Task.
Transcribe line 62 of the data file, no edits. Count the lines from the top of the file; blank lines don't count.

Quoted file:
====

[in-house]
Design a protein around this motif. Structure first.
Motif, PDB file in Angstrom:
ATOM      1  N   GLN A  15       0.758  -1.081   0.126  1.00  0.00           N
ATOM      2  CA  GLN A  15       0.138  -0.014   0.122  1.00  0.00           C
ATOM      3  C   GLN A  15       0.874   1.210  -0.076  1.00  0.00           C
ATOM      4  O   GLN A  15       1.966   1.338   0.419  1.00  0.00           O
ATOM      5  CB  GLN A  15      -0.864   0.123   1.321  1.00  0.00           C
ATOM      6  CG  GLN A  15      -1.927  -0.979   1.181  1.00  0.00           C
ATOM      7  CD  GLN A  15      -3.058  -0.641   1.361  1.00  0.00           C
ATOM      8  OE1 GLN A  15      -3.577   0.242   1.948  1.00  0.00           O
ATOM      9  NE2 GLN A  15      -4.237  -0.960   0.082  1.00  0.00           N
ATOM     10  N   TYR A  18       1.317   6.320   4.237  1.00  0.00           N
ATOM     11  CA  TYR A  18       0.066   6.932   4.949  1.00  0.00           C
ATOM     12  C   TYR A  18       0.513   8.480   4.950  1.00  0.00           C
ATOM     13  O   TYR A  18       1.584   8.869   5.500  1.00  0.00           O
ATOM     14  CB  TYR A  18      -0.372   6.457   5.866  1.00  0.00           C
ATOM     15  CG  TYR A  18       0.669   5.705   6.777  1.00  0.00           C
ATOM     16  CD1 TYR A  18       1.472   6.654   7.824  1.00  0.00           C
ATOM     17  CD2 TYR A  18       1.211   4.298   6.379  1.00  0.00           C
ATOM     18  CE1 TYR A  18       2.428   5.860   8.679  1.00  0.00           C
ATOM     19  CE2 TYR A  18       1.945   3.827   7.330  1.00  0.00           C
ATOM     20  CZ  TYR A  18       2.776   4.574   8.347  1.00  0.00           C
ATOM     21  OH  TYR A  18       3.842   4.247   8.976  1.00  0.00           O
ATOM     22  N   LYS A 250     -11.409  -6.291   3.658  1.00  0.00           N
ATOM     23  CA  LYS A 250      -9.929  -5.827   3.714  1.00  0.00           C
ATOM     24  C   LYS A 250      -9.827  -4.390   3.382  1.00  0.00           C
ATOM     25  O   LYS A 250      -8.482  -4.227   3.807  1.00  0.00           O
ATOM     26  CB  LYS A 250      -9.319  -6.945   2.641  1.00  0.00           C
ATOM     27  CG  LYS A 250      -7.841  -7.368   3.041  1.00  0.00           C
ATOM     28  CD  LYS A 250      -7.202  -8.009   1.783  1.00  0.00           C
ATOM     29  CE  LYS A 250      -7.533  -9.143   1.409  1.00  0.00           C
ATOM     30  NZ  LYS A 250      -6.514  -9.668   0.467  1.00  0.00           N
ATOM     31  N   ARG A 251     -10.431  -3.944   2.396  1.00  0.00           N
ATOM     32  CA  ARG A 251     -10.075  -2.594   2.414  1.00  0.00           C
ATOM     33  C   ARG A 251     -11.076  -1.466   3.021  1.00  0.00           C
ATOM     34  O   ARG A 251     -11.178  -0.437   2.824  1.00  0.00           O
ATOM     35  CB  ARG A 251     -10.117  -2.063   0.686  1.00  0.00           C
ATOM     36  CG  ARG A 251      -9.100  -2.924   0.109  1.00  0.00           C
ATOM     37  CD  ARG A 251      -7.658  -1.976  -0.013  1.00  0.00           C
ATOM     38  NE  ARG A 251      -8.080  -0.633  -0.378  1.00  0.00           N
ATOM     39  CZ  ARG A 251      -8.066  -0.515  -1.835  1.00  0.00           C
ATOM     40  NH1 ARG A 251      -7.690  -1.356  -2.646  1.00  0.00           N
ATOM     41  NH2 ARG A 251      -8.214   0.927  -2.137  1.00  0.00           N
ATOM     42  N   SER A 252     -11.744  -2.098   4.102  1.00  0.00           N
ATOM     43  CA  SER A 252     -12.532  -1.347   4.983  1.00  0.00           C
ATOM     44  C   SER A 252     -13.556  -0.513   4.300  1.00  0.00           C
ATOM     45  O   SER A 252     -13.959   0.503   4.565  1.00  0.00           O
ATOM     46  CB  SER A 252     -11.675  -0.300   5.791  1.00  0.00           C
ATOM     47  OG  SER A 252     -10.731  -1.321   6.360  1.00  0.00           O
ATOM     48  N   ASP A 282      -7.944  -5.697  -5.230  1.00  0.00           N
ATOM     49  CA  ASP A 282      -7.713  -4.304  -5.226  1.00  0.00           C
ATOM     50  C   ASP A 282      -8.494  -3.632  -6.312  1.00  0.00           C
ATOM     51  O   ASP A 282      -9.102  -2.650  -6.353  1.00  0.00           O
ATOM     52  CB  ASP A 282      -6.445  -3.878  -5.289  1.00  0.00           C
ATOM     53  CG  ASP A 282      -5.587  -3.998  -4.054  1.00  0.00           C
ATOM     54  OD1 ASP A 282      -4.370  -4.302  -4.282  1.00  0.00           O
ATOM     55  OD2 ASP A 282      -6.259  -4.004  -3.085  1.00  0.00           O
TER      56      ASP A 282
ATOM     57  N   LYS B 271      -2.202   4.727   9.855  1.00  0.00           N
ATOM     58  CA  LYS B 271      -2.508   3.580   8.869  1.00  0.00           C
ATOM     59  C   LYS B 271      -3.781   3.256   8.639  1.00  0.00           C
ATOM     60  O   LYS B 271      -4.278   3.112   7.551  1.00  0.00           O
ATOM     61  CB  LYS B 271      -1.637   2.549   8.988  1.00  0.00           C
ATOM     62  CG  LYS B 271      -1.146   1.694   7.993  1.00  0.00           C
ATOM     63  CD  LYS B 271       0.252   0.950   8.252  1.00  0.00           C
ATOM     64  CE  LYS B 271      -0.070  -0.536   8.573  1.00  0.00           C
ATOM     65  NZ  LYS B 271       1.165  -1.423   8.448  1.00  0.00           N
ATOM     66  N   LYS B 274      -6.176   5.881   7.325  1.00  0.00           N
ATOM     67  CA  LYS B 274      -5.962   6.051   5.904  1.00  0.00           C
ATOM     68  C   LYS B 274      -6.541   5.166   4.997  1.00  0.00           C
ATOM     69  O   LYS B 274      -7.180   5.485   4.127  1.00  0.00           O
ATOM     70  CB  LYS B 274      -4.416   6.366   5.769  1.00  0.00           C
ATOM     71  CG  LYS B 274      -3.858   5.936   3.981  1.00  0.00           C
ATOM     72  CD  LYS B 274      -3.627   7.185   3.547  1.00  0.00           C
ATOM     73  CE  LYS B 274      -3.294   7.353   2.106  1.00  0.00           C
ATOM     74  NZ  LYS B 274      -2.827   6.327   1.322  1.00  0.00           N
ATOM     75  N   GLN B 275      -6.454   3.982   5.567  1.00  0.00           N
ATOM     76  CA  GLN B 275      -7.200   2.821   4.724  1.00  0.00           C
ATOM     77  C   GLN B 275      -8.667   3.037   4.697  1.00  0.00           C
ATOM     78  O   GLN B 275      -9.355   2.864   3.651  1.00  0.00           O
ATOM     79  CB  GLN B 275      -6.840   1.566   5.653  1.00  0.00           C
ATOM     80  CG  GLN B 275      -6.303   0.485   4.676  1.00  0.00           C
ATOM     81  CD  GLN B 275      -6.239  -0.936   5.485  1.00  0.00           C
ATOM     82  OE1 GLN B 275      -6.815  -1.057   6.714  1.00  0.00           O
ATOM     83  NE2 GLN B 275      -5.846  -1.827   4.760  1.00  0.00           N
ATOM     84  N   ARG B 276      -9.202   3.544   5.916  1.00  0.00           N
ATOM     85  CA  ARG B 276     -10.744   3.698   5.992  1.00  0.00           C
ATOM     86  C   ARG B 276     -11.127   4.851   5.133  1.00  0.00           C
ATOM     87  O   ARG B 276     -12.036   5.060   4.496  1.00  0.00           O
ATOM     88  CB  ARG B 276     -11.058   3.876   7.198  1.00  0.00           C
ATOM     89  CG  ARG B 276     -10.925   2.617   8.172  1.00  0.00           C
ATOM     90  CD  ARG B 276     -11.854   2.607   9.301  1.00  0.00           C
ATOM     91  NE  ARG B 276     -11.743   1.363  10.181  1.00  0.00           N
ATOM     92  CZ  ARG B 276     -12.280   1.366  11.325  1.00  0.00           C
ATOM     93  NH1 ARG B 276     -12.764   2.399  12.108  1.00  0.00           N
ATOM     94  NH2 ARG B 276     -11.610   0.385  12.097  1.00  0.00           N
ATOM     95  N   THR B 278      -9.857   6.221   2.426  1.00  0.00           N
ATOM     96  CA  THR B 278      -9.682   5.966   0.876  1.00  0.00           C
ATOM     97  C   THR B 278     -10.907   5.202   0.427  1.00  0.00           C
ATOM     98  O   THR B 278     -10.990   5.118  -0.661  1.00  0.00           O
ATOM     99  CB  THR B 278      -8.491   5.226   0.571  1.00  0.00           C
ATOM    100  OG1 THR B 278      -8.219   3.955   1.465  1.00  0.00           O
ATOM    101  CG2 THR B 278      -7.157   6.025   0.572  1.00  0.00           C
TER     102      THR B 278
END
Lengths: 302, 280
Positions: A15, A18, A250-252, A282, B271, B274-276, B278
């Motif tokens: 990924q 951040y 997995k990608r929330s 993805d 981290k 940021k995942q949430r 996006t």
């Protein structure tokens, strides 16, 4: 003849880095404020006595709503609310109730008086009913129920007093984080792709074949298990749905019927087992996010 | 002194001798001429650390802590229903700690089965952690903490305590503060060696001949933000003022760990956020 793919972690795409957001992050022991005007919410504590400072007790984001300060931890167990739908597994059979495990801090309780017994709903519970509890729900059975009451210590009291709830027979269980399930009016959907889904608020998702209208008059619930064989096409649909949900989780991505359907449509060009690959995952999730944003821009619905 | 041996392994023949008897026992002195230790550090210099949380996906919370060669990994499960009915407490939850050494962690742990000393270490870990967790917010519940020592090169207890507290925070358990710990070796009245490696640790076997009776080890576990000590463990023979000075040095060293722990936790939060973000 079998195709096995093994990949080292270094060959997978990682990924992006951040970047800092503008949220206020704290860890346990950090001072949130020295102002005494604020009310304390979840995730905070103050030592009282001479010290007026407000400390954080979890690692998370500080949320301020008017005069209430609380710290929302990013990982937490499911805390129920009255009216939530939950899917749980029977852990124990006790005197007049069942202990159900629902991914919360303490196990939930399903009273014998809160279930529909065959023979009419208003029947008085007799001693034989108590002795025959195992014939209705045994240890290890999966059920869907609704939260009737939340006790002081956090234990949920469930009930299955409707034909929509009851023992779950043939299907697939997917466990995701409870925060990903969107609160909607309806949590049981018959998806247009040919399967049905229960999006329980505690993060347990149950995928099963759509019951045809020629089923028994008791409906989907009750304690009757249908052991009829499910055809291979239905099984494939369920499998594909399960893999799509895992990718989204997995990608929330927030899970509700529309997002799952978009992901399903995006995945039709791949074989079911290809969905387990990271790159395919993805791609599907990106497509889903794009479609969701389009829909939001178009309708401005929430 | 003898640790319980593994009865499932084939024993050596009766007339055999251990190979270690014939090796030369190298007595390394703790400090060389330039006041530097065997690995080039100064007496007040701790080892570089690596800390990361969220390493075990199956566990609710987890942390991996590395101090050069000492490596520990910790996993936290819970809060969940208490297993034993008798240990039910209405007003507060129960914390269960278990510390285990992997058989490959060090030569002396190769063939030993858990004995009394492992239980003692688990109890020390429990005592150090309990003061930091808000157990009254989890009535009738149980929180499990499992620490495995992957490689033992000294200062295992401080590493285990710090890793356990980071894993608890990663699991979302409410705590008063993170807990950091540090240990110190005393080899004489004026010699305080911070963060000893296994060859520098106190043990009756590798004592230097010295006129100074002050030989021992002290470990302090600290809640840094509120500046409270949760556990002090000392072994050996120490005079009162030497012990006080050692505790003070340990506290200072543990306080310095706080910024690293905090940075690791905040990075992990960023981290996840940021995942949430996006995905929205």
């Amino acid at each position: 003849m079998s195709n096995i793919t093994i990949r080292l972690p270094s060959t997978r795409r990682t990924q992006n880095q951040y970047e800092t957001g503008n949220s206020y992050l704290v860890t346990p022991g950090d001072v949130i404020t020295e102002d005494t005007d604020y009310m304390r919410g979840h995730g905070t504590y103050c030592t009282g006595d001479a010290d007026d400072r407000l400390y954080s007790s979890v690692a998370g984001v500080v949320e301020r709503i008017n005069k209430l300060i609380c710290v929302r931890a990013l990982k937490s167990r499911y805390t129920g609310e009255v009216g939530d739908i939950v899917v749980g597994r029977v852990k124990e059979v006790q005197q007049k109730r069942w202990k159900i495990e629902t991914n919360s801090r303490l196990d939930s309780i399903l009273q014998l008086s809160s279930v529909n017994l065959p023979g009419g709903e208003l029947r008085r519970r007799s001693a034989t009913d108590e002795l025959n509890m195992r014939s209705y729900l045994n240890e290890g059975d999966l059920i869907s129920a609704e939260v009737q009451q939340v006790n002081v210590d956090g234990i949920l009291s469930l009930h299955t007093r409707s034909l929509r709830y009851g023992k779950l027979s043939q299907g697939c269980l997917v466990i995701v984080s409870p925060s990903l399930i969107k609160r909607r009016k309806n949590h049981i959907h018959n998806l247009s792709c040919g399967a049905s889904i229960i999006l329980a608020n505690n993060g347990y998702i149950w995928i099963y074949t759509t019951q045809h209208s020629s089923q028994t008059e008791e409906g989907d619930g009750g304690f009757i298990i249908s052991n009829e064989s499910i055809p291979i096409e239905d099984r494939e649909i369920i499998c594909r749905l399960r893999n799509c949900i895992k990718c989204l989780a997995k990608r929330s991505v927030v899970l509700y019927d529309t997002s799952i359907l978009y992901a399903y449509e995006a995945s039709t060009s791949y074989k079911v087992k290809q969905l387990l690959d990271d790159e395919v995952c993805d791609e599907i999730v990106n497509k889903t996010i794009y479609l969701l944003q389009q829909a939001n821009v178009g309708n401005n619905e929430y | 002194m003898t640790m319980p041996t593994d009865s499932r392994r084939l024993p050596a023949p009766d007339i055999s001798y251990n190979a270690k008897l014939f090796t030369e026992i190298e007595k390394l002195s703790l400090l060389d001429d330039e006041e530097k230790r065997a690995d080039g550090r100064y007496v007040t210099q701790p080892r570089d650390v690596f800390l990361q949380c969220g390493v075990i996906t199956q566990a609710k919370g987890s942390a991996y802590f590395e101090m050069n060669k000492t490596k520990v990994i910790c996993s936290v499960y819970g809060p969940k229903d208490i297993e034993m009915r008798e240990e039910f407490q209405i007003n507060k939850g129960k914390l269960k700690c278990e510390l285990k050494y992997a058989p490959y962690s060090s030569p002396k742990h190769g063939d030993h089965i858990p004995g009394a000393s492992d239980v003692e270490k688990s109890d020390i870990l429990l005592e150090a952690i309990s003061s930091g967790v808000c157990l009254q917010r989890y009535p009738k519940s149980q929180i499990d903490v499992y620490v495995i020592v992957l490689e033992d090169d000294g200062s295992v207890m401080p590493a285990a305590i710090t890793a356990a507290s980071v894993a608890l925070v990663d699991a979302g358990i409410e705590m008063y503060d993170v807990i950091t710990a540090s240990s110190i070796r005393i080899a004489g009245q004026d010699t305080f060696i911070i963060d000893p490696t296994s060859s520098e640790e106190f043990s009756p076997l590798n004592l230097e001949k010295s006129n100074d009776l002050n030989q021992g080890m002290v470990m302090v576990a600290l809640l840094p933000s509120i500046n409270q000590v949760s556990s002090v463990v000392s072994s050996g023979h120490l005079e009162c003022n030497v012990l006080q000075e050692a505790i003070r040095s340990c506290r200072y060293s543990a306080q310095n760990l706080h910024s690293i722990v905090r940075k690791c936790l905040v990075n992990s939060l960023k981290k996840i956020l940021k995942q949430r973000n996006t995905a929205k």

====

ATOM     59  C   LYS B 271      -3.781   3.256   8.639  1.00  0.00           C